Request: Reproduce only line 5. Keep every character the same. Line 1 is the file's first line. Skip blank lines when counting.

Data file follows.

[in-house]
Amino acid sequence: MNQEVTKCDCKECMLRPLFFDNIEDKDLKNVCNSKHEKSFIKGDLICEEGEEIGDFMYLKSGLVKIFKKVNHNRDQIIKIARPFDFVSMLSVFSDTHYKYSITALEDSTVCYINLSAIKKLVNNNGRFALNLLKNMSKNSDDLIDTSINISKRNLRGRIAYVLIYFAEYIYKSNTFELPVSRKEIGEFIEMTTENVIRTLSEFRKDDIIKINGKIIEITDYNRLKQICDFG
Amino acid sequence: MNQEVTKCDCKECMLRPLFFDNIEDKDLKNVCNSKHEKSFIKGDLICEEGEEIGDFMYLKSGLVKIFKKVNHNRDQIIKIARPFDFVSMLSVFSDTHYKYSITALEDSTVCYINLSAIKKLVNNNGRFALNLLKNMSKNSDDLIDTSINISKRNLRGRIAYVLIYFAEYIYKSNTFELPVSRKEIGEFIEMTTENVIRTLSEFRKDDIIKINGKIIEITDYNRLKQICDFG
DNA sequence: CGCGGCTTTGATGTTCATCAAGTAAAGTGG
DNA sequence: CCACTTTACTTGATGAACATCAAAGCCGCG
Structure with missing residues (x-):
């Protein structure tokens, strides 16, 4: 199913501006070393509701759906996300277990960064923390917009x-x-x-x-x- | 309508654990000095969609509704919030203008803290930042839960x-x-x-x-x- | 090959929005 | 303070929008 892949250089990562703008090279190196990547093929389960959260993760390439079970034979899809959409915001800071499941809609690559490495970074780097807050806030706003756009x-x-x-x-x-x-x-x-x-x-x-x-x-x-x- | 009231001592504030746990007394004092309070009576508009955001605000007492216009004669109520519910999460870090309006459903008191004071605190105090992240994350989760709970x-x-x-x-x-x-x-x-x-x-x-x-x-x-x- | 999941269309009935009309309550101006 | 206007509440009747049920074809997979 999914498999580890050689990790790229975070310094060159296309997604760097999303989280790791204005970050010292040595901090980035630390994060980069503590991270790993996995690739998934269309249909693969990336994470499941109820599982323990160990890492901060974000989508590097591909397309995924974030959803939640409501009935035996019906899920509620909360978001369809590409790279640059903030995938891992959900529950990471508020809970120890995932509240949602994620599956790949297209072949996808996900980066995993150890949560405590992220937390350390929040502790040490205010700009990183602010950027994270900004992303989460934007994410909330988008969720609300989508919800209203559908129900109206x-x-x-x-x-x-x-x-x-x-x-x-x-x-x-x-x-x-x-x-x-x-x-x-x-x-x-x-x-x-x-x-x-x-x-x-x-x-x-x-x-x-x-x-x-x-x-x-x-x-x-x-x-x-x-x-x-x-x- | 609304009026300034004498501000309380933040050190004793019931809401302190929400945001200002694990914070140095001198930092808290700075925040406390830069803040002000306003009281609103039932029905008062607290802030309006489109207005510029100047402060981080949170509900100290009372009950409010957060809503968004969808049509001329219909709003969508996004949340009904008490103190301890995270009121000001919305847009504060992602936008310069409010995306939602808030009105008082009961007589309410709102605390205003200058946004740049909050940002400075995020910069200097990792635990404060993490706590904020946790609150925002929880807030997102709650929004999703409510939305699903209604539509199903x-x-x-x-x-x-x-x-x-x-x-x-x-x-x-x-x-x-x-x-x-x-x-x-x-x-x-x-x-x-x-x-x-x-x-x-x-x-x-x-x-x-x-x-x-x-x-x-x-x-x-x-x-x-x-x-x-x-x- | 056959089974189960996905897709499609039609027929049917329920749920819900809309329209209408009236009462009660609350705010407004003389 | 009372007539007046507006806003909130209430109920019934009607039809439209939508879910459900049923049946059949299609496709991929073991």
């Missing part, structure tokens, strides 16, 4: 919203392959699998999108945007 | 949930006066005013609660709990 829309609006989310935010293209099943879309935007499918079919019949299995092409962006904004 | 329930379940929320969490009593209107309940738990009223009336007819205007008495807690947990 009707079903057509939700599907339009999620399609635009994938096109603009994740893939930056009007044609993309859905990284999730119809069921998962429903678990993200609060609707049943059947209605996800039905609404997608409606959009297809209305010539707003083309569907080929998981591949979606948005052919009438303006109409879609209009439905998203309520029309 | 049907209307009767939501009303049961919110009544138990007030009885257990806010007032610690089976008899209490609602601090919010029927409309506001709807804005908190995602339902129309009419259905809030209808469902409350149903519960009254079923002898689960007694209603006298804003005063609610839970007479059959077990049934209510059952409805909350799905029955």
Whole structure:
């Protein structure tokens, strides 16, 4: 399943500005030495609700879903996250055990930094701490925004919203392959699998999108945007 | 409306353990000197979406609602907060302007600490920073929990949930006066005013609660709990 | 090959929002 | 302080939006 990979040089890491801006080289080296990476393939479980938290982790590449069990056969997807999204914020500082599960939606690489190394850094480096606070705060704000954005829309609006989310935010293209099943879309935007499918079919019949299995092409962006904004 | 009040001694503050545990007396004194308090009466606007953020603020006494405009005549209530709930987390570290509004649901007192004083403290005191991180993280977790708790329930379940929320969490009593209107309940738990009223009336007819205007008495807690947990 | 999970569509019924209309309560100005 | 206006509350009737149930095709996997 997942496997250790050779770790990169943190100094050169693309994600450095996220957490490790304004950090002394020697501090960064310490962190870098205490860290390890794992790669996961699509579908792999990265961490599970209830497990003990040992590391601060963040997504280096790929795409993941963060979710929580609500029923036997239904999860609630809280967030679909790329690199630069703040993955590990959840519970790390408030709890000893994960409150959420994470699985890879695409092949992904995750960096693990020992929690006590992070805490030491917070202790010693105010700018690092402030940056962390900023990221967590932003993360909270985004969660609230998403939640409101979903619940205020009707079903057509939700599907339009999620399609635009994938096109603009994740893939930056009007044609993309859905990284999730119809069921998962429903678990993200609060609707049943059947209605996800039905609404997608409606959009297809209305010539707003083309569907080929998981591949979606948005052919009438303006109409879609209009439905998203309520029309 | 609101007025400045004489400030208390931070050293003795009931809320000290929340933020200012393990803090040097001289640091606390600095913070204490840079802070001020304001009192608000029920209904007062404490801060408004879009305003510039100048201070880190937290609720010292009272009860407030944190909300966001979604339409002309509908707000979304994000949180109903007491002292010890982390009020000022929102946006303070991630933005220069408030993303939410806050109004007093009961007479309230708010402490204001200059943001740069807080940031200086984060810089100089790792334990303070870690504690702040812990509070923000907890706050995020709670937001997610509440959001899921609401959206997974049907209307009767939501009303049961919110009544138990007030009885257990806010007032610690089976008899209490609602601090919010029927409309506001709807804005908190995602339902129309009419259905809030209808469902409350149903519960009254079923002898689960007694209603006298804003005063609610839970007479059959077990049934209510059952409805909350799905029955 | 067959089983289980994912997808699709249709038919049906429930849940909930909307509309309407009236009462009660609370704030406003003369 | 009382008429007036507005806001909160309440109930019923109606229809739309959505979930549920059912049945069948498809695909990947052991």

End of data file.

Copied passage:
DNA sequence: CCACTTTACTTGATGAACATCAAAGCCGCG